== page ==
Venezuela was there for Jamaica

Wednesday, January 16, 2019

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Dear Editor,

The Government and the people of Jamaica should be very thankful to Venezuela and its people, instead of threatening a hostile takeover of its minority shares in Petrojam.

First of all, before any discussion about expanding or upgrading the State's oil refinery is entertained, the Government should clean up the corruption, fraud and mismanagement that now exists there.

The Government of Venezuela is having a hard time at the moment. Its economy is in shambles, the people are experiencing a lot of hardships and are fleeing the country in droves into neighbouring Columbia. The country is experiencing a record-breaking inflation rate and consumer items are scarce and costly to come by. Economic sanctions are only making matters worse.

For Jamaica to kick a true friend while he/she is down is just disingenuous, at best.

Given the same circumstances, would the Government and the people of Jamaica even think about taking the same stance regarding ExxonMobil. I don't think so.

No one has to like the present regime; that's for the Venezuelan people to decide. But a country that helped out Jamaica tremendously in times of need, when oil prices were way above US$100 per barrel, with a concessionary price agreement through PertroCaribe, the country that buys back your US$3-billion debt to them for half the price, is just being ungrateful. It is like biting the hand that fed you.

As one writer declared: the “only oil-producing country that helped poor and developing countries such as Jamaica was Venezuela. No other country came to its rescue. And that should be acknowledged, appreciated and not forgotten.”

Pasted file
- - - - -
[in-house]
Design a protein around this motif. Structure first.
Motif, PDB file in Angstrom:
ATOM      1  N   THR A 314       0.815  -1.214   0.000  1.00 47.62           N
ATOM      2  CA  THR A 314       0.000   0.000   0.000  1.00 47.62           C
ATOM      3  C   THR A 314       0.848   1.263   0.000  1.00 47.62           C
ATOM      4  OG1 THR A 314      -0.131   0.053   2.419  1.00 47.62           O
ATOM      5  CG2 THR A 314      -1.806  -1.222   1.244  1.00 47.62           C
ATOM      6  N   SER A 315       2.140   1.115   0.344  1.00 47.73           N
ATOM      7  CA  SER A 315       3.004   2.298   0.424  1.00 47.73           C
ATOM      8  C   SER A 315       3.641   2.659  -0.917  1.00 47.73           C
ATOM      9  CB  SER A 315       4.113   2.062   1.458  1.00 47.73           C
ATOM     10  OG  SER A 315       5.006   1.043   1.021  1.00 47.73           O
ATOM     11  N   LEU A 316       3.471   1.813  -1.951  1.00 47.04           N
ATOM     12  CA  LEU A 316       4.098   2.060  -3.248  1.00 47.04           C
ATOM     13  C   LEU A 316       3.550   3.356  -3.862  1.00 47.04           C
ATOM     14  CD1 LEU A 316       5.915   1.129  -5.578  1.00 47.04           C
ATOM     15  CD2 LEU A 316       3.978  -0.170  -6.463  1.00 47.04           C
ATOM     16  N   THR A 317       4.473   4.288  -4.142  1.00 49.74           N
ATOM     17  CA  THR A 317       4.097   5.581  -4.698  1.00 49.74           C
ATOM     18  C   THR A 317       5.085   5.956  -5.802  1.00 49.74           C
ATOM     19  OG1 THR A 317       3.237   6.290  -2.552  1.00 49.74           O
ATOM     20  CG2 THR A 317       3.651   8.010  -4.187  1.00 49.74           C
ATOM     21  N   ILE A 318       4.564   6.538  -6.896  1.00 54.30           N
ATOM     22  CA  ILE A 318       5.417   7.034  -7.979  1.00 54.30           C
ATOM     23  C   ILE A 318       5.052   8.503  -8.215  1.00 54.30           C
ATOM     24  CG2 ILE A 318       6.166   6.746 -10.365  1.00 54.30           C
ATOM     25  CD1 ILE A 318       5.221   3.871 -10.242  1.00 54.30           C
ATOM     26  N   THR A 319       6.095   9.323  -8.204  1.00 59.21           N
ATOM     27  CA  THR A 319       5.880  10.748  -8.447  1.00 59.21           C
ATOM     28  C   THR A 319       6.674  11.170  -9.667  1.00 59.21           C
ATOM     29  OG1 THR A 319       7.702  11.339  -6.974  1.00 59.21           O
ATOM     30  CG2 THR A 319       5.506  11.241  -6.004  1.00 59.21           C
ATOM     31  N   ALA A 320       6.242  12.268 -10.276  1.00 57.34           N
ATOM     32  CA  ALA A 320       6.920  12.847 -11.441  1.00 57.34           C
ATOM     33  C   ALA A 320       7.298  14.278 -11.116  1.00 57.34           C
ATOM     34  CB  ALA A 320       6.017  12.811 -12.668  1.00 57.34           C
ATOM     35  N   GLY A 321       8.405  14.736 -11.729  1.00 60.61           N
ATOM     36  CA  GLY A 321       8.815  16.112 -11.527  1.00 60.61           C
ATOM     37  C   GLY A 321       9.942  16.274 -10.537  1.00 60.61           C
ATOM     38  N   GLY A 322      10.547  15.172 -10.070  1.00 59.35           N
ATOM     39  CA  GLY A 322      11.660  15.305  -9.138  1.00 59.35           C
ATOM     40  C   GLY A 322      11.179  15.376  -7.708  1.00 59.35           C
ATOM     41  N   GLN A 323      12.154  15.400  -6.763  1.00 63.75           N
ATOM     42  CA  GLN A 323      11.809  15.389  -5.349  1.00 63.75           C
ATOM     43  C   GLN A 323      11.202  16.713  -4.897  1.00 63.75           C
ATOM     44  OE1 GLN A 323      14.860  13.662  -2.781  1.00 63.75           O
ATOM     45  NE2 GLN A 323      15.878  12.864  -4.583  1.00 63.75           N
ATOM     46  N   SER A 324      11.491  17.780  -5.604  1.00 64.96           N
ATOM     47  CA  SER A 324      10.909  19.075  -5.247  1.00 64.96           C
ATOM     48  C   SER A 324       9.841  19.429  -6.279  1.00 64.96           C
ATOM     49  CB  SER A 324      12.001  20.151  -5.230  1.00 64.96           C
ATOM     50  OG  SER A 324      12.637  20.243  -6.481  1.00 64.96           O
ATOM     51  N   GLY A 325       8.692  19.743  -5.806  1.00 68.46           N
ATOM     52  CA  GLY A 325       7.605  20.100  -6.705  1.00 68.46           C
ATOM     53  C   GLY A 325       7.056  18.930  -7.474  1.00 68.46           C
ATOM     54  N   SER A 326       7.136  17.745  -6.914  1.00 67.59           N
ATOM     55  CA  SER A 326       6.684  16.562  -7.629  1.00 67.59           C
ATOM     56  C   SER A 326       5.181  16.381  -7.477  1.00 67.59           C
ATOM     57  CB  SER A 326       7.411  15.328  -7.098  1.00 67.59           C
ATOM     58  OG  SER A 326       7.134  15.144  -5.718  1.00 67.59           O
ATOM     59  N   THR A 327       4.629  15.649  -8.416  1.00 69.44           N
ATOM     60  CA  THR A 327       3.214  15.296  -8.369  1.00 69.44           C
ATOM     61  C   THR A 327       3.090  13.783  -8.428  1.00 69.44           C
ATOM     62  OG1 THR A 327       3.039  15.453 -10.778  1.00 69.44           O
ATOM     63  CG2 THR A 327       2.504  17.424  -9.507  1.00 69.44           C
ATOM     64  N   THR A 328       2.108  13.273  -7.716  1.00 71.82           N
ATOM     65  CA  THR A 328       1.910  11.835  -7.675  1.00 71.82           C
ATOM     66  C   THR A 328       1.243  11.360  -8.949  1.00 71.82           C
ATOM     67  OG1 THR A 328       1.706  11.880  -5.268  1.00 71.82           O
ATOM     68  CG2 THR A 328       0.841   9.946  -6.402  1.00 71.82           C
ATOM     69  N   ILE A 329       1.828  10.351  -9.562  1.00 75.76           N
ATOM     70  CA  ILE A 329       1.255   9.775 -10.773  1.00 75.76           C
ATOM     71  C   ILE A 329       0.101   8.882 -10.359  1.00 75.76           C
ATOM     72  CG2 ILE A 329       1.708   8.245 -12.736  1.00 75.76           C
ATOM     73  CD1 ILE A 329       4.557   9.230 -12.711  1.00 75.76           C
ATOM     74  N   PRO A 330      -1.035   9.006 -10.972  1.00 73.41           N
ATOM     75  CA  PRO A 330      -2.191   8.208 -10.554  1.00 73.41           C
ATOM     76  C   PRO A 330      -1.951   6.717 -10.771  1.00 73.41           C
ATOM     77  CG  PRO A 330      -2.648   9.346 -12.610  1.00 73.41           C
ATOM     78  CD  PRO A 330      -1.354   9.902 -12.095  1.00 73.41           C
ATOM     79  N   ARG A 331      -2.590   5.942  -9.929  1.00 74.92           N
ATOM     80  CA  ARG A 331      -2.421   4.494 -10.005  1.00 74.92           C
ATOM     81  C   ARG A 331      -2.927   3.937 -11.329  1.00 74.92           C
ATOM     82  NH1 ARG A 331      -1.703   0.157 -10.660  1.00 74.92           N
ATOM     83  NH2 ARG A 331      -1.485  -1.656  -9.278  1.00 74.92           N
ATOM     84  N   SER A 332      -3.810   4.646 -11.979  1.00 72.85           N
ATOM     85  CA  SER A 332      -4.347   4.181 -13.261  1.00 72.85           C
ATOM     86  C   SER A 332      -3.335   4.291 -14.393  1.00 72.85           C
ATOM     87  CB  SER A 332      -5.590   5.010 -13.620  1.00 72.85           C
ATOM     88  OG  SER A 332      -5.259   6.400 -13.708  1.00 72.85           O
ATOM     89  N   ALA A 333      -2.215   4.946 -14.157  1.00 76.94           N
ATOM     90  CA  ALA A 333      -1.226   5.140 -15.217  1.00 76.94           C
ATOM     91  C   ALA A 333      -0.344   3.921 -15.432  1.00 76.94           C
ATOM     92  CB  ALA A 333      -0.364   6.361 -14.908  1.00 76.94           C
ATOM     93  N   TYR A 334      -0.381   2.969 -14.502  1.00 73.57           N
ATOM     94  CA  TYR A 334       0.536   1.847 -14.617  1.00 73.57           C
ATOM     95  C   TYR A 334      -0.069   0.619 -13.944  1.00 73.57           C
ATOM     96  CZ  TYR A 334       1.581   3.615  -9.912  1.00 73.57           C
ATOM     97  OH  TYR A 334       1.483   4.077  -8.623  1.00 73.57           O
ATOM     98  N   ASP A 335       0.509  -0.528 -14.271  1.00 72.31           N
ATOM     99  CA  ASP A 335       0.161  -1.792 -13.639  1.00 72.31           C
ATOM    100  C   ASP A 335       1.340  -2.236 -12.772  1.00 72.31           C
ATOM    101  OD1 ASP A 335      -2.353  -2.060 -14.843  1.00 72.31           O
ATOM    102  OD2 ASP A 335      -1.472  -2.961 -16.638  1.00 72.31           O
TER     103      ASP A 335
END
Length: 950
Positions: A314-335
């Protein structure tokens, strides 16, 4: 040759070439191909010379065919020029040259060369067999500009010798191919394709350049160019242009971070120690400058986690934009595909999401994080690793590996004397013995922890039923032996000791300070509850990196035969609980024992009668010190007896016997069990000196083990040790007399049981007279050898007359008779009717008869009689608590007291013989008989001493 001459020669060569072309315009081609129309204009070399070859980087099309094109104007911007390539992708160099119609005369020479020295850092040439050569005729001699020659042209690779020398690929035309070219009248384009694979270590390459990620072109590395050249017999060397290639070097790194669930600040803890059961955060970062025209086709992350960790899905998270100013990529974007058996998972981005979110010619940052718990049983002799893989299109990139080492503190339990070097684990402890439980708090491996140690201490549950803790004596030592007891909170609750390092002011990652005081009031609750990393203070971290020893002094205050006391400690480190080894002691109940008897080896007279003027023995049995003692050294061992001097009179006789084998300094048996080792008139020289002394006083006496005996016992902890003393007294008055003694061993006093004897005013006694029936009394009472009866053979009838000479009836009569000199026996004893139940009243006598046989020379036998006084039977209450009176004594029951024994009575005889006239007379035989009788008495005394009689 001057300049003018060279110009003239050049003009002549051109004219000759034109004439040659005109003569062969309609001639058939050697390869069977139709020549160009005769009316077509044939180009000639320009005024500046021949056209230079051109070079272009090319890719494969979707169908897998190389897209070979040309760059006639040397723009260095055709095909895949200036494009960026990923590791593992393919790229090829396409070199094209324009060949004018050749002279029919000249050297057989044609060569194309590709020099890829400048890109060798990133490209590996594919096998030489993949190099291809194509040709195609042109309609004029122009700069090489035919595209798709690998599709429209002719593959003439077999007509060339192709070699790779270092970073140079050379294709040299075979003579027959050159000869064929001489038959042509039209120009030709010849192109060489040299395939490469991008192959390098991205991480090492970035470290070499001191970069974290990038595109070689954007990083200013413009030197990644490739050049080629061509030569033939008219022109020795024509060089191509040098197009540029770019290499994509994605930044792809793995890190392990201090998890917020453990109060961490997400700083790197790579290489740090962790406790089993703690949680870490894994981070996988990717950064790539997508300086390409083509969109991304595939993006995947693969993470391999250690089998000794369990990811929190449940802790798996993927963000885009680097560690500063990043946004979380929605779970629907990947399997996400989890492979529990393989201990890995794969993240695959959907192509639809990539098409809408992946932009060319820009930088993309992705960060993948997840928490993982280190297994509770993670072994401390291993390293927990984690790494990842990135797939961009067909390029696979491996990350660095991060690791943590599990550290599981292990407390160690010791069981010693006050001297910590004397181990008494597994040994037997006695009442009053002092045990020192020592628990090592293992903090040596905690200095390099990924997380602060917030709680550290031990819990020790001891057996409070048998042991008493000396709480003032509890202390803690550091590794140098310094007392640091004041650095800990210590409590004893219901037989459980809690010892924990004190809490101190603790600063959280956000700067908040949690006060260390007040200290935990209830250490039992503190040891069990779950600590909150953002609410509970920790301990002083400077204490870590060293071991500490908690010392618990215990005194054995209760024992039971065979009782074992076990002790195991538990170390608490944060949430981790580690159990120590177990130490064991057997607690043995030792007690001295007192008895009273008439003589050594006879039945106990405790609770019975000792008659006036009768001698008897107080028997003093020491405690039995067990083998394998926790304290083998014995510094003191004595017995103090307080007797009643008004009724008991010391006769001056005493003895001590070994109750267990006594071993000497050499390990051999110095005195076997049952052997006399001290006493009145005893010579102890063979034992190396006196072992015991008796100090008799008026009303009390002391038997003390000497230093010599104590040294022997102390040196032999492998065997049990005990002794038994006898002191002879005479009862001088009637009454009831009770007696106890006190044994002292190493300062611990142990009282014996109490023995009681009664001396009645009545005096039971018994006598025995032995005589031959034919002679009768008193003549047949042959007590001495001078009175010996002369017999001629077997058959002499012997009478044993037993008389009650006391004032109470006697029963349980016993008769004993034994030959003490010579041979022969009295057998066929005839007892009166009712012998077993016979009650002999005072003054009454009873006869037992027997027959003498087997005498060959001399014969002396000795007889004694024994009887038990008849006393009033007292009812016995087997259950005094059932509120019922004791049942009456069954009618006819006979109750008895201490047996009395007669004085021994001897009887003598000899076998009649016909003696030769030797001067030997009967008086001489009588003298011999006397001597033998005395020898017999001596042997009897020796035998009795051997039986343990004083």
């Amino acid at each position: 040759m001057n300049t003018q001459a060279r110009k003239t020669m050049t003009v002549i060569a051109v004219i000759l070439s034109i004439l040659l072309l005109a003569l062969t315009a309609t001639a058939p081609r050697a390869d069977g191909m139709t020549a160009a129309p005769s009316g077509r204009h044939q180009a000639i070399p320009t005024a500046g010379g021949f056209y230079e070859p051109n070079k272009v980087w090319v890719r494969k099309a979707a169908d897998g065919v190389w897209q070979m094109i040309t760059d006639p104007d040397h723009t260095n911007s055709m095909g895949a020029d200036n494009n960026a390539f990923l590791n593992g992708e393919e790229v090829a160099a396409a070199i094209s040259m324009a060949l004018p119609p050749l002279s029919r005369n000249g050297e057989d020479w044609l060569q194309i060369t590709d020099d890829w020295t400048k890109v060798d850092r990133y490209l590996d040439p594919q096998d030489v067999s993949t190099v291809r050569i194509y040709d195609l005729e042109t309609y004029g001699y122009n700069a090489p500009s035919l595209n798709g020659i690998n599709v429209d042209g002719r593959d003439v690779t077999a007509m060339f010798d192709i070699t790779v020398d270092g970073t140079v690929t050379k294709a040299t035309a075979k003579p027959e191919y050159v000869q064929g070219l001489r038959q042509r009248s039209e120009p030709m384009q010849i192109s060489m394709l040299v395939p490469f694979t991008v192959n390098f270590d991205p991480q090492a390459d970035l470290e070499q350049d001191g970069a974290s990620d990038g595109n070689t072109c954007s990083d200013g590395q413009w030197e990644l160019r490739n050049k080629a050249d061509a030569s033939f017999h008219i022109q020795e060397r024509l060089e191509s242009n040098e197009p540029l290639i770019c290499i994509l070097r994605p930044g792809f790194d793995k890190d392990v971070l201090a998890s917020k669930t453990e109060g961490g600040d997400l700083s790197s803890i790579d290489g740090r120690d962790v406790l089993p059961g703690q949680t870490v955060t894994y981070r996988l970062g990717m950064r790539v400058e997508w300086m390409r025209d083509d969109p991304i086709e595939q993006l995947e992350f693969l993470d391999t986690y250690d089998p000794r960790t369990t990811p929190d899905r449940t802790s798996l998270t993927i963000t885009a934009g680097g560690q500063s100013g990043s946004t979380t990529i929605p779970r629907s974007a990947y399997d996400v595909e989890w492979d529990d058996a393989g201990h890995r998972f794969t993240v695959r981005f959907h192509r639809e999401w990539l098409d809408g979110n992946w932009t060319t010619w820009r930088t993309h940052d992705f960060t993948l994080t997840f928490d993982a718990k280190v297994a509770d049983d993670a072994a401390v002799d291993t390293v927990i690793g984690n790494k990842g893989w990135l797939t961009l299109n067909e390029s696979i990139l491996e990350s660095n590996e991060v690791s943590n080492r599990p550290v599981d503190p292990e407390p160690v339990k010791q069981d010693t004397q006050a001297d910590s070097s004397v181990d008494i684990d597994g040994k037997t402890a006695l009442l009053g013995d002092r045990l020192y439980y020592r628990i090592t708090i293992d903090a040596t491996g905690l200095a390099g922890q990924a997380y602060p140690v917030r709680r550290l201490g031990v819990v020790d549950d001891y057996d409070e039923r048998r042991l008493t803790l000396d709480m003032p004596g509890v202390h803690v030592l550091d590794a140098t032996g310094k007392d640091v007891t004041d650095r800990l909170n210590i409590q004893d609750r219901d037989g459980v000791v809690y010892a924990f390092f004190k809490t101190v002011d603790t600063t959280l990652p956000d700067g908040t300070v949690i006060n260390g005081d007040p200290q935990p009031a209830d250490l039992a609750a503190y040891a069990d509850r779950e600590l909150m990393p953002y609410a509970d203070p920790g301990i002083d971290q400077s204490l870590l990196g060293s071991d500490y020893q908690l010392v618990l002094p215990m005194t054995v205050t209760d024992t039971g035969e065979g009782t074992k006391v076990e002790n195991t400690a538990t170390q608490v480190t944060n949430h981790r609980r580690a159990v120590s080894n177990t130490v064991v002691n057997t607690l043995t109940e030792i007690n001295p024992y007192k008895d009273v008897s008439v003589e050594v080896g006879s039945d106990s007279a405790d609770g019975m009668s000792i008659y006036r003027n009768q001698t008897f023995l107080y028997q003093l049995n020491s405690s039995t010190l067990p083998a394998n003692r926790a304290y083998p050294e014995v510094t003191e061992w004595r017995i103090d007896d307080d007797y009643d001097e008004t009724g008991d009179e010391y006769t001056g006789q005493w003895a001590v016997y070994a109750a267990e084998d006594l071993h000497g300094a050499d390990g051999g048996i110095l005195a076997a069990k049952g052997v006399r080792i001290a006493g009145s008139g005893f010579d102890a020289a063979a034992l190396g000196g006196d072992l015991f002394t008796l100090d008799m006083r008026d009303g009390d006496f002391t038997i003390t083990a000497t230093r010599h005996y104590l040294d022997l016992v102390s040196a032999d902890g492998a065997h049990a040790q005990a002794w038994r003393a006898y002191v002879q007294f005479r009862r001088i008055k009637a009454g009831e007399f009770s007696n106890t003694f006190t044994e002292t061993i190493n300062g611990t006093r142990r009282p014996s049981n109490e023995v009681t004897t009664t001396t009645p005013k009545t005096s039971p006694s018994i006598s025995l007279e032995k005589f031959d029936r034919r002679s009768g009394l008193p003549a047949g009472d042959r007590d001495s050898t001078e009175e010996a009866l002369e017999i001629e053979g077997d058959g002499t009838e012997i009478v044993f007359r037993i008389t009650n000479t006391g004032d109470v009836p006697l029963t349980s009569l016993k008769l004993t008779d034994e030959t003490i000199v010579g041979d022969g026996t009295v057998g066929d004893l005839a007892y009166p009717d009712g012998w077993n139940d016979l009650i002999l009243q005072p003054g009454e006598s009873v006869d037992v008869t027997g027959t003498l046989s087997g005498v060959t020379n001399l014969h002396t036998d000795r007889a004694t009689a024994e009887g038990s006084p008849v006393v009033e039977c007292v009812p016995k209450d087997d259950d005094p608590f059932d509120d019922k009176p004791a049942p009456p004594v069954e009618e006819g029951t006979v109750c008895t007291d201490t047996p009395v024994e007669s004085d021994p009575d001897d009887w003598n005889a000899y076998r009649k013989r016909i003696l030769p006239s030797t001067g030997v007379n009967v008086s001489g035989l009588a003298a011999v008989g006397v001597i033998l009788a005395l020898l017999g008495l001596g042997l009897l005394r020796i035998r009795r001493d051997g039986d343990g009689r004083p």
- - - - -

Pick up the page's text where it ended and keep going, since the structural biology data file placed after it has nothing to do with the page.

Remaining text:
They even extended generosity to the great United States; yes, you're reading correctly, by supplying poor people in that country with heating oil during harsh, cold winter months, while other oil-producing nations and corporations were busy taking advantage of the struggling economies of the Third World with unconscionable price gouging.

I think the Jamaican Government is trying to take advantage of the rift between the United States and Venezuela.

It seems to think it has Venezuela over a barrel, no pun intended.

During an interview, the late, great Nelson Mandela was asked why he was friendly with regimes such as Cuba, Libya, and others, he replied that during his struggle those countries were there for his people; “They gave me tremendous financial and other help.”

The same could be said about Jamaica and Venezuela's relationship. Jamaica's economy was struggling under the weight of extraordinary high oil prices, which was costing the country over a billion US dollars a year, which was unsustainable. I agree that the refinery in time should be expanded and upgraded, no question about that, but this is not the way to go about it.

If the shares have to be bought back because of Venezuela's current economic situation, then both parties, willingly, should negotiate in good faith and come up with an amicable and reasonable solution. That is the way you treat a friend who was there for you.

Noel Mitchell

Westchester, New York

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